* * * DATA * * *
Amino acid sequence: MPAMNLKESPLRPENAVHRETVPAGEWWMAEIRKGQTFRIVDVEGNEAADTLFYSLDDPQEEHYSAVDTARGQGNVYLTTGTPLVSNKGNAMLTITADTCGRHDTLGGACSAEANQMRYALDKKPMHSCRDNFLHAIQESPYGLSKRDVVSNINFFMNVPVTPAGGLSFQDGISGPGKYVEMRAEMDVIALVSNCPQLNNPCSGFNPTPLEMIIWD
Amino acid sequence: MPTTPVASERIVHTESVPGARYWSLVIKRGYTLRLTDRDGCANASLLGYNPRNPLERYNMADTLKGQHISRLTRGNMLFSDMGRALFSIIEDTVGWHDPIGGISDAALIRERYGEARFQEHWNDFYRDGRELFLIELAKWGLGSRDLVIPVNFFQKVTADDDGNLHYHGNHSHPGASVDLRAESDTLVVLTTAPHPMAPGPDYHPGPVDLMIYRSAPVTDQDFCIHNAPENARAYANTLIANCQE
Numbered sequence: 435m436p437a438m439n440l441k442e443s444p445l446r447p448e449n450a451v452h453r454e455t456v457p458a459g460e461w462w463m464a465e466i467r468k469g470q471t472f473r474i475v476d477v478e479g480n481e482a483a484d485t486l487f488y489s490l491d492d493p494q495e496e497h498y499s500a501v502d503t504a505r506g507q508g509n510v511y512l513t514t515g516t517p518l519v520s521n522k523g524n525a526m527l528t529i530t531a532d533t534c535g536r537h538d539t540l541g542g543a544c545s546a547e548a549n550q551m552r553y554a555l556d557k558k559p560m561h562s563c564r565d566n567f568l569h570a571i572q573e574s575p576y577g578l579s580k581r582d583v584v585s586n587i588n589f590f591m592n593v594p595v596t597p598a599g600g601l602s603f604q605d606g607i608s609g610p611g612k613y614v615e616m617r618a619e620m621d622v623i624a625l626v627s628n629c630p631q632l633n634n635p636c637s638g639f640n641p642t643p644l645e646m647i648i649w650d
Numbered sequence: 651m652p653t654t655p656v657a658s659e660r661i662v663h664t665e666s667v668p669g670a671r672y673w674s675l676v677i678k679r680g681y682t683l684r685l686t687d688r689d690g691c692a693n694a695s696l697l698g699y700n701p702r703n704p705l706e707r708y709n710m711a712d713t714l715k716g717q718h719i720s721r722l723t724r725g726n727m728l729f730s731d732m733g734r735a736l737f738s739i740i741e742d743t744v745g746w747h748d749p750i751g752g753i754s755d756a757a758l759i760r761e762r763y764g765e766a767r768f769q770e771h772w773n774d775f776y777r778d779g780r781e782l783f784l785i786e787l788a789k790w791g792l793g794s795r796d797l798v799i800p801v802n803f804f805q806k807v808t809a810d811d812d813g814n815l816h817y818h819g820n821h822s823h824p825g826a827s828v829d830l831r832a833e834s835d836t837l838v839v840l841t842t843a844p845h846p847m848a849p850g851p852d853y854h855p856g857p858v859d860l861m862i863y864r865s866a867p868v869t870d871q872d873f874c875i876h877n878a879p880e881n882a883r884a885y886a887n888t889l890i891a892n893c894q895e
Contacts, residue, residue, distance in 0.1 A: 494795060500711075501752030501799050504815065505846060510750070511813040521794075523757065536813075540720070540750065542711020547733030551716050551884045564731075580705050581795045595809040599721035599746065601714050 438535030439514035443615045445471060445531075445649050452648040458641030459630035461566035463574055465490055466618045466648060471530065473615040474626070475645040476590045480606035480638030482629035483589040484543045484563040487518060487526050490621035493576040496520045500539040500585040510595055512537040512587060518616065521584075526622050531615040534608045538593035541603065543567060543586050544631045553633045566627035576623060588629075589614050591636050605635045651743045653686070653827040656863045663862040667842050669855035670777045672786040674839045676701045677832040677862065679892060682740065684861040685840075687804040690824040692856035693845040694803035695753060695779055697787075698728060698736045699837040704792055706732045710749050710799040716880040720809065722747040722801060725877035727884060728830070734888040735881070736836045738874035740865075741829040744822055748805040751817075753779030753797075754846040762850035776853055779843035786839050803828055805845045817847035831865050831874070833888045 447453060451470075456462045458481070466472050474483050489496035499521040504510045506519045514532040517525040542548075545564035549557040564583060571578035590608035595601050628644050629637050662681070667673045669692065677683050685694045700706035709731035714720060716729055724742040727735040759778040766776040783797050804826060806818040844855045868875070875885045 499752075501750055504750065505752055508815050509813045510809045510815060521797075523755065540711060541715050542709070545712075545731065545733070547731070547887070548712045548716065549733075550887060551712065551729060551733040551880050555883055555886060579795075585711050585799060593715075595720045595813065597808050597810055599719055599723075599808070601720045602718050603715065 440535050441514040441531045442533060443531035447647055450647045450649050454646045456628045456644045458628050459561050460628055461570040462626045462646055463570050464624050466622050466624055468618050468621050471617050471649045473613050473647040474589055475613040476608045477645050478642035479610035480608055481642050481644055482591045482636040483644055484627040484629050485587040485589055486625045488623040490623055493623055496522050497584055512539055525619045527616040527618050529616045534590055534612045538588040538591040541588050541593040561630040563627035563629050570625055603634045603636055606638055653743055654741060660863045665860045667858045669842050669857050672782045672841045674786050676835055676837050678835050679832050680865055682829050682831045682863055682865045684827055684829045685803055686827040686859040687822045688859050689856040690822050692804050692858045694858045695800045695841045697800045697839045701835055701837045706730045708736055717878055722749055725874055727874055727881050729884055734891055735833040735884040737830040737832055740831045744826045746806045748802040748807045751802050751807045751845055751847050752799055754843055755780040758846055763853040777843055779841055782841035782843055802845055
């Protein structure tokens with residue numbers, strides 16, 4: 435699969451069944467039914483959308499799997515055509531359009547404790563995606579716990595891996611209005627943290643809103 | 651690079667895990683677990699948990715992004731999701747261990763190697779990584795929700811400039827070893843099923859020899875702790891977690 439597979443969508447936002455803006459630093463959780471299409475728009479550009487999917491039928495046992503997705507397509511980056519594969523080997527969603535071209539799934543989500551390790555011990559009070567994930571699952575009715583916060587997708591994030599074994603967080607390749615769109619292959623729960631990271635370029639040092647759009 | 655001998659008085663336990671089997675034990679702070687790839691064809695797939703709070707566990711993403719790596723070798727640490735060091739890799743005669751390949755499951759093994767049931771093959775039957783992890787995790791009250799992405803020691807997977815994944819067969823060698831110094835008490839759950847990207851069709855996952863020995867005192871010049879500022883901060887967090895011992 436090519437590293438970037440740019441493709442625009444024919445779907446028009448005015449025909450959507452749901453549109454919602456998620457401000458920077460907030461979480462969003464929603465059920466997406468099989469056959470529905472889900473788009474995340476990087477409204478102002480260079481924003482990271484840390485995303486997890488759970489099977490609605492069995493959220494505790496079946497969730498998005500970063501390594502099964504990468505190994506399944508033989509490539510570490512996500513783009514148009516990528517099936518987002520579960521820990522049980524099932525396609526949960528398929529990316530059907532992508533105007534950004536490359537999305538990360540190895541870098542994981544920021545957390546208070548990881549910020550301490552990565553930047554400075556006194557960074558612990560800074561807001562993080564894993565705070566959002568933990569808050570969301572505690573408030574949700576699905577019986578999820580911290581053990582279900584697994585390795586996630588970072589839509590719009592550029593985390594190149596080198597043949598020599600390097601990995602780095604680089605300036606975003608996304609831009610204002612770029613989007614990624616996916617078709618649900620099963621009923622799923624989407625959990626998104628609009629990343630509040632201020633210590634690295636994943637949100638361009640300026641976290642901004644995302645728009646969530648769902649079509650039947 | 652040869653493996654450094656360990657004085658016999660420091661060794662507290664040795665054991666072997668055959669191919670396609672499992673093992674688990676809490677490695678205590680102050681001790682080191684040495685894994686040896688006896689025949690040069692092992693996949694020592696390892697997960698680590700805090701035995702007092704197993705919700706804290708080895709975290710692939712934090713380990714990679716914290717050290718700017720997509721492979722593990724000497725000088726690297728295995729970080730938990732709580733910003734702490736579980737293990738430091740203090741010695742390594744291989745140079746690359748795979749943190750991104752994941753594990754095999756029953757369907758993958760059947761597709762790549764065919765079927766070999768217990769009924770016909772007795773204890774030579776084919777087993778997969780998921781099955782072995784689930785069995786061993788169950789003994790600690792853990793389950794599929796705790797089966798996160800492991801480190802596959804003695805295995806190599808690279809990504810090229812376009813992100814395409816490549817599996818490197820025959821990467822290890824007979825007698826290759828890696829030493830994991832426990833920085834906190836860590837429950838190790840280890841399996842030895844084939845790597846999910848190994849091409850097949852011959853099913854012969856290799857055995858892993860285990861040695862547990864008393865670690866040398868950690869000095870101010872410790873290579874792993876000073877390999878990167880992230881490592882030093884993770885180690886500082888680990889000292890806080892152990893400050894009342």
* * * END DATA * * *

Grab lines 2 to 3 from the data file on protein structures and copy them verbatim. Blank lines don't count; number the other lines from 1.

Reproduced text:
Amino acid sequence: MPTTPVASERIVHTESVPGARYWSLVIKRGYTLRLTDRDGCANASLLGYNPRNPLERYNMADTLKGQHISRLTRGNMLFSDMGRALFSIIEDTVGWHDPIGGISDAALIRERYGEARFQEHWNDFYRDGRELFLIELAKWGLGSRDLVIPVNFFQKVTADDDGNLHYHGNHSHPGASVDLRAESDTLVVLTTAPHPMAPGPDYHPGPVDLMIYRSAPVTDQDFCIHNAPENARAYANTLIANCQE
Numbered sequence: 435m436p437a438m439n440l441k442e443s444p445l446r447p448e449n450a451v452h453r454e455t456v457p458a459g460e461w462w463m464a465e466i467r468k469g470q471t472f473r474i475v476d477v478e479g480n481e482a483a484d485t486l487f488y489s490l491d492d493p494q495e496e497h498y499s500a501v502d503t504a505r506g507q508g509n510v511y512l513t514t515g516t517p518l519v520s521n522k523g524n525a526m527l528t529i530t531a532d533t534c535g536r537h538d539t540l541g542g543a544c545s546a547e548a549n550q551m552r553y554a555l556d557k558k559p560m561h562s563c564r565d566n567f568l569h570a571i572q573e574s575p576y577g578l579s580k581r582d583v584v585s586n587i588n589f590f591m592n593v594p595v596t597p598a599g600g601l602s603f604q605d606g607i608s609g610p611g612k613y614v615e616m617r618a619e620m621d622v623i624a625l626v627s628n629c630p631q632l633n634n635p636c637s638g639f640n641p642t643p644l645e646m647i648i649w650d